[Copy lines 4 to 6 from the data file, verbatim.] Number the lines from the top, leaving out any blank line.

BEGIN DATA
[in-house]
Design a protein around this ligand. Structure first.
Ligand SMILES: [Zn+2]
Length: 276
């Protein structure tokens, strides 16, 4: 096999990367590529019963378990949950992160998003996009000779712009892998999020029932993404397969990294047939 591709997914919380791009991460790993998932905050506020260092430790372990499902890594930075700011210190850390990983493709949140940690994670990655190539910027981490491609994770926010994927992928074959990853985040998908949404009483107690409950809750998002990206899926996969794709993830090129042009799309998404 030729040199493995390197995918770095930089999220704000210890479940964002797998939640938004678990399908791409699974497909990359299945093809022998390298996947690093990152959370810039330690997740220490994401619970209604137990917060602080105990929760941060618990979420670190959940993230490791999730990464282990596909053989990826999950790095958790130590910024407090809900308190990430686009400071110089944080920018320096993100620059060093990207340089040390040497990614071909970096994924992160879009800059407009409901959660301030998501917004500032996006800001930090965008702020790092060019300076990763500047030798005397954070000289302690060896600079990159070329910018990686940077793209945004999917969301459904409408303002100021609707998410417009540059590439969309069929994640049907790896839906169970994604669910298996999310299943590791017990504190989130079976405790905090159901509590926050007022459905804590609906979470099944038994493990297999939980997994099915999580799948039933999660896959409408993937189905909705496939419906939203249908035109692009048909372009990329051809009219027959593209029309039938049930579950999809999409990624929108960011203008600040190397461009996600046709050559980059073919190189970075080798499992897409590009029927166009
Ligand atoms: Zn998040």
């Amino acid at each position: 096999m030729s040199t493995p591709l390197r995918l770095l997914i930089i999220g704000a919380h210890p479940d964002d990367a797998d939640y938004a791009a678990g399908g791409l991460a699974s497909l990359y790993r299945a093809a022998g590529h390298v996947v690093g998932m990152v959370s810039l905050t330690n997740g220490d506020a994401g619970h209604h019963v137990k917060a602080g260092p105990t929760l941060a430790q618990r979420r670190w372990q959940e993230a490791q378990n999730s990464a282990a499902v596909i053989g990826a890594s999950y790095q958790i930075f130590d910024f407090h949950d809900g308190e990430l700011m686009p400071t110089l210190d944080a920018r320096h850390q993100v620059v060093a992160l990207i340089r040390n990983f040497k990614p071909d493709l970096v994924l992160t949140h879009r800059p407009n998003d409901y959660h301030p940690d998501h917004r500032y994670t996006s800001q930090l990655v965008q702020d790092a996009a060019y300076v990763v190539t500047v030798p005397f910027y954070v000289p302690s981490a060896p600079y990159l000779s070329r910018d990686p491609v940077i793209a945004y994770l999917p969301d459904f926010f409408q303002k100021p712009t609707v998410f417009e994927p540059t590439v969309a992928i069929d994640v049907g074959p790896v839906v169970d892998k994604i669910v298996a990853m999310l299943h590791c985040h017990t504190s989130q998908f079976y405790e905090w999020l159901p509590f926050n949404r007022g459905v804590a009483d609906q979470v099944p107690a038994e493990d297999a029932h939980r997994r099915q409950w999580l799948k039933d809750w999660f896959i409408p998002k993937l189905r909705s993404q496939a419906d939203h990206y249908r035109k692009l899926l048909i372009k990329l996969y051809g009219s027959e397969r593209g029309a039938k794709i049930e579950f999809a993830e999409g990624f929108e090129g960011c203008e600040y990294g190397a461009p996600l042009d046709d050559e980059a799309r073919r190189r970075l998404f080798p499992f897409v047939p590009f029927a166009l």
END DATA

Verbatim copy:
Length: 276
């Protein structure tokens, strides 16, 4: 096999990367590529019963378990949950992160998003996009000779712009892998999020029932993404397969990294047939 591709997914919380791009991460790993998932905050506020260092430790372990499902890594930075700011210190850390990983493709949140940690994670990655190539910027981490491609994770926010994927992928074959990853985040998908949404009483107690409950809750998002990206899926996969794709993830090129042009799309998404 030729040199493995390197995918770095930089999220704000210890479940964002797998939640938004678990399908791409699974497909990359299945093809022998390298996947690093990152959370810039330690997740220490994401619970209604137990917060602080105990929760941060618990979420670190959940993230490791999730990464282990596909053989990826999950790095958790130590910024407090809900308190990430686009400071110089944080920018320096993100620059060093990207340089040390040497990614071909970096994924992160879009800059407009409901959660301030998501917004500032996006800001930090965008702020790092060019300076990763500047030798005397954070000289302690060896600079990159070329910018990686940077793209945004999917969301459904409408303002100021609707998410417009540059590439969309069929994640049907790896839906169970994604669910298996999310299943590791017990504190989130079976405790905090159901509590926050007022459905804590609906979470099944038994493990297999939980997994099915999580799948039933999660896959409408993937189905909705496939419906939203249908035109692009048909372009990329051809009219027959593209029309039938049930579950999809999409990624929108960011203008600040190397461009996600046709050559980059073919190189970075080798499992897409590009029927166009
Ligand atoms: Zn998040």